By: Leon Kortenkamp
“What was that? Wake up, Robby. I heard something.”
“What? What did you hear?”
“Something. Did you hear it?”
“I was dreaming about my mother. I saw her so clearly. I looked into her eyes; she smiled, and then I heard something on the back deck, and it woke me up.”
“The back deck?”
“Yes. It was so real. My mother was right here. Her eyes were so engaging and bright, and she looked like she wanted to tell me something. What does it mean, Robby?”
“It means you miss your mother, and you were dreaming about her.”
“I do miss her. She was looking right at me. She looked…you know…happy. With such a peaceful look on her face. Then something on the deck woke me up.”
“Probably a mouse.”
“It was a lot bigger than a mouse.”
“Maybe a moose.”
“A moose? Don’t joke around, Robby. I’m not in the mood.”
“Right. Why are you whispering?”
“I’m frightened, Robby. There’s something out there. First my mother was right here with me, then the thud on the deck. This is not good. There’s something out there, and I don’t like the sound of that wind either.”
“A thud, you say?”
“Yes. Like a thud. Kind of a thud. Will you check it out, Robby? Will you see if there’s anything out there? Maybe you’re right about a moose. I remember now; the ranger said there are mooses up here.”
“You think so too?”
“No. The plural of moose is moose. Not mooses.”
“God, Robby! Something’s out there, and you are fussing about moose or mooses.”
“I’m not fussing. I’ll check it out, but I don’t think you heard a moose. Moose have hooves. A moose on the deck would make a sound like a clomp, like a whole bunch of clomps. You know, clomp, clomp, clomp, clomp…”
“I know what I heard.”
“There it is again! Did you hear it that time, Robby?”
“Yes, I did. Turn on your lamp.”
“No. No light. Use the flashlight and be really quiet. And be careful.” I think it is a moose. And they can crash through glass patio doors and come after people. I saw it on TV.”
“You saw a commercial about house insurance,” Robby says, digging through his backpack for the flashlight. “It’s not what moose really do.”
“How do you know what they really do? I think a moose does pretty much whatever it wants to do. Be careful.”
“Say no more,” Robby announces, training his flashlight through the glass patio doors and on to the deck outside.
“What is it?”
“Pinecones, Julie. Big pinecones. You know, the kind they cover with glitter for Christmas decorations? My guess is, they’re falling out of the tree next to the deck.”
“Pinecones?” Julie asks turning on her bedside lamp.
“Yeah. Big ferocious pinecones…So much for the moose. Let’s get some sleep. We have the hike to the peak tomorrow.”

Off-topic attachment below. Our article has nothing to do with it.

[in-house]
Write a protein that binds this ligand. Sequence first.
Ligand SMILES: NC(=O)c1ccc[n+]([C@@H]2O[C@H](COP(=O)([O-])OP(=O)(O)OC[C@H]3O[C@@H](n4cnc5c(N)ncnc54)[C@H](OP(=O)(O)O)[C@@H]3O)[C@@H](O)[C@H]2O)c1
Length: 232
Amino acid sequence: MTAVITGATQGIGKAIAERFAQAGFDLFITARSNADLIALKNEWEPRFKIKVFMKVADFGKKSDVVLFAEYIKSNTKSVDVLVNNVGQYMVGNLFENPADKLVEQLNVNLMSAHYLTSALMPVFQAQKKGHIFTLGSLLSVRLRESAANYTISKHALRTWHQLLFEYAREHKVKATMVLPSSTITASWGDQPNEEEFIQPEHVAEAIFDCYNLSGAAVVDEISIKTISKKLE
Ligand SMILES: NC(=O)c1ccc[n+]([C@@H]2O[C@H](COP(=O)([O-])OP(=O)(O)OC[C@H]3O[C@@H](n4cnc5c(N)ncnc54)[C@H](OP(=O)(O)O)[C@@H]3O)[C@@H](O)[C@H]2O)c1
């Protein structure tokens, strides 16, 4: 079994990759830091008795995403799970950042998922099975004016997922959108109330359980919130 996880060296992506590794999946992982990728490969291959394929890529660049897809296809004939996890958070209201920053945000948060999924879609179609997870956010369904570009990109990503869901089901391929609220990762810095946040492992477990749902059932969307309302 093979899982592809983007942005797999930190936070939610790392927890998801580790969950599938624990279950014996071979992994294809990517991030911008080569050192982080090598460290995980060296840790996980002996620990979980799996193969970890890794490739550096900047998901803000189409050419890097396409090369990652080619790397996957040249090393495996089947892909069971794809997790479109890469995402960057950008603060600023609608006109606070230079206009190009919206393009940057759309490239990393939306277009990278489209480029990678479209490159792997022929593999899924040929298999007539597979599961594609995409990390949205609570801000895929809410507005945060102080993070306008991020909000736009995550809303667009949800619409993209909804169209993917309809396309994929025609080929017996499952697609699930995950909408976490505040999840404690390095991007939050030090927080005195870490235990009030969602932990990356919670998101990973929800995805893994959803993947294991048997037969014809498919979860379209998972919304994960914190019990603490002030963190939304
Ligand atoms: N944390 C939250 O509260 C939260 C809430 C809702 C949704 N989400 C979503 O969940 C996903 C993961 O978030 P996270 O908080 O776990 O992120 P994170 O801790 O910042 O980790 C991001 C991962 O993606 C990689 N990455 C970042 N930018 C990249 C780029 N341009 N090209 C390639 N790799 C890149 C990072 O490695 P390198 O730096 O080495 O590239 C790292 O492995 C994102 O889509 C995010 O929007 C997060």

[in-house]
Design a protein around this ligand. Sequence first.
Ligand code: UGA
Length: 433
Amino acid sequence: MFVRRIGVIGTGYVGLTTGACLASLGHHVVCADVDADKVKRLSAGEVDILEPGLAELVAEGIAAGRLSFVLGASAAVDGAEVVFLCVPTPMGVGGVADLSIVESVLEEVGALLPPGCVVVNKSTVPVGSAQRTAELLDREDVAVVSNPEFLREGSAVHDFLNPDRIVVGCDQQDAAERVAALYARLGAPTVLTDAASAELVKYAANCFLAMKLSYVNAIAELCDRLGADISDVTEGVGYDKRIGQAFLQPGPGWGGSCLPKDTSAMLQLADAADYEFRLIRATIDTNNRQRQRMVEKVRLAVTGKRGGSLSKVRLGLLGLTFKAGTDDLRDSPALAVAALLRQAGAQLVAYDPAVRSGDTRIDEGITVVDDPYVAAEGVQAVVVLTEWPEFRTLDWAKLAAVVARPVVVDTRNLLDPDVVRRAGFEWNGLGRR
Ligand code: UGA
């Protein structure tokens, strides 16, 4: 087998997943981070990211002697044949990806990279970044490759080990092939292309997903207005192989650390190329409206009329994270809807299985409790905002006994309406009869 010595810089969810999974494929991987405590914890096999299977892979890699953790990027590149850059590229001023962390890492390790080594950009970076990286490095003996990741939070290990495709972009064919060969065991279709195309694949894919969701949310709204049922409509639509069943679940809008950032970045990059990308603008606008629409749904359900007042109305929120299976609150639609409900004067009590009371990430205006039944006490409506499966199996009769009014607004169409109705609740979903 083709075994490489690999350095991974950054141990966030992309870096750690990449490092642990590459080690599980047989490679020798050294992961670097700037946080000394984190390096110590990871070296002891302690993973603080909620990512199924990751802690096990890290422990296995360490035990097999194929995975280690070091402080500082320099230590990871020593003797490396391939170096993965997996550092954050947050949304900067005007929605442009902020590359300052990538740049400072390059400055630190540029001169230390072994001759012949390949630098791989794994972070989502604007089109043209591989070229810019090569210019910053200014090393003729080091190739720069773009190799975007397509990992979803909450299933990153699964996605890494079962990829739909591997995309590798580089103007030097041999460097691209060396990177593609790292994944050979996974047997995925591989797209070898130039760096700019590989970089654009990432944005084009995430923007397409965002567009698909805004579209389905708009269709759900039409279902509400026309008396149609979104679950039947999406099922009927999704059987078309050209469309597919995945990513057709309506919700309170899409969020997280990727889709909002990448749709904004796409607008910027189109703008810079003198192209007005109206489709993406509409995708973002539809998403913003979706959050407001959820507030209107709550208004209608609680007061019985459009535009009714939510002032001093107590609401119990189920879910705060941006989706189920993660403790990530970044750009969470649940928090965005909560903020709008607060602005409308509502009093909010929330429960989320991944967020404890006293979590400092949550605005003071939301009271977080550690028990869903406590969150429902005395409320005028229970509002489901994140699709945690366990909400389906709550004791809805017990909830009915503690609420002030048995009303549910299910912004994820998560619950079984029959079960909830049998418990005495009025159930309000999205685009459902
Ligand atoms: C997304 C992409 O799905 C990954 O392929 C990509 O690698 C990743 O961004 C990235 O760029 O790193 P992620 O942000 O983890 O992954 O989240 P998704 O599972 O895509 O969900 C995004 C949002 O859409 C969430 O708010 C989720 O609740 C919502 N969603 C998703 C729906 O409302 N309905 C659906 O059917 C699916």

“I wish we had taken a cabin closer to the others down by the road,” Julie says. “Instead of this one out here in the total boonies.”
“We liked this one because it’s closer to the peak,” Robby replies.
“You liked this one because it’s closer to the peak.”
“But you liked the bigger living room and the fireplace.”
“Well, that was before the moose attack.”
“There was no moose attack,” Robby grumbles. “Turn out the light. Big hike tomorrow.”
“I don’t think so.”
“You don’t think so, what?”
“I don’t think I’m going to be up to hiking to the peak tomorrow,” Julie says, adjusting her pillow and pushing up against the headboard.
“I can’t go back to sleep. I’m still thinking of Mom. She was as alive as you and I, Robby, and she had on that light blue print dress she liked so much. I know she wanted to say something, but that noise on the deck woke me up before she could say it. Oh… I wish I knew what she wanted to say.”
“It was a dream, Julie.”
“So, what’s your point?”
“You’ll have some coffee in the morning, and you’ll feel like hiking to the peak,” Robby says in his salesman voice. “It’s supposed to be a perfect day. Turn out the light. Let’s get some sleep.”
“OK, I’ll try…You know, Robby, I sometimes think about what I would do if something happened to you. Do you think about things like that…about what you would do if something happened to me?”
“Hey…I love you,” Robby says with veiled intentionality. “Everything is going to be fine. You’re just spooked by that sound on the deck. Anybody would be spooked by it, if they didn’t know what it was. But that’s all over now. Let’s get some sleep.”
“Robby? There it is again.”
“Are you sure?”
Leon Kortenkamp is a San Francisco Bay Area writer and artist who lives with his wife, Ginny, in Belmont, California. He was drafted into military service during the Vietnam War and served two years in the US Navy. Following his military tour of duty, he earned a Master of Fine Arts degree from the University of Notre Dame in South Bend, Indiana.
His work has been exhibited, published and collected throughout the United States and around the world. Recent writing includes poetry and short fiction illustrated with brushed-plate monotypes or photographs.
He grew up in rural Iowa, and memories of those formative years are often reflected in his work. It is from this perspective that he examines the vicissitudes of contemporary urban life.
He is a professor at Notre Dame de Namur University in Belmont, California, an environmental activist, an advocate for honesty and justice in politics, and a lifelong supporter of the humanitarian aid work of Doctors Without Borders and Catholic Relief Services around the world.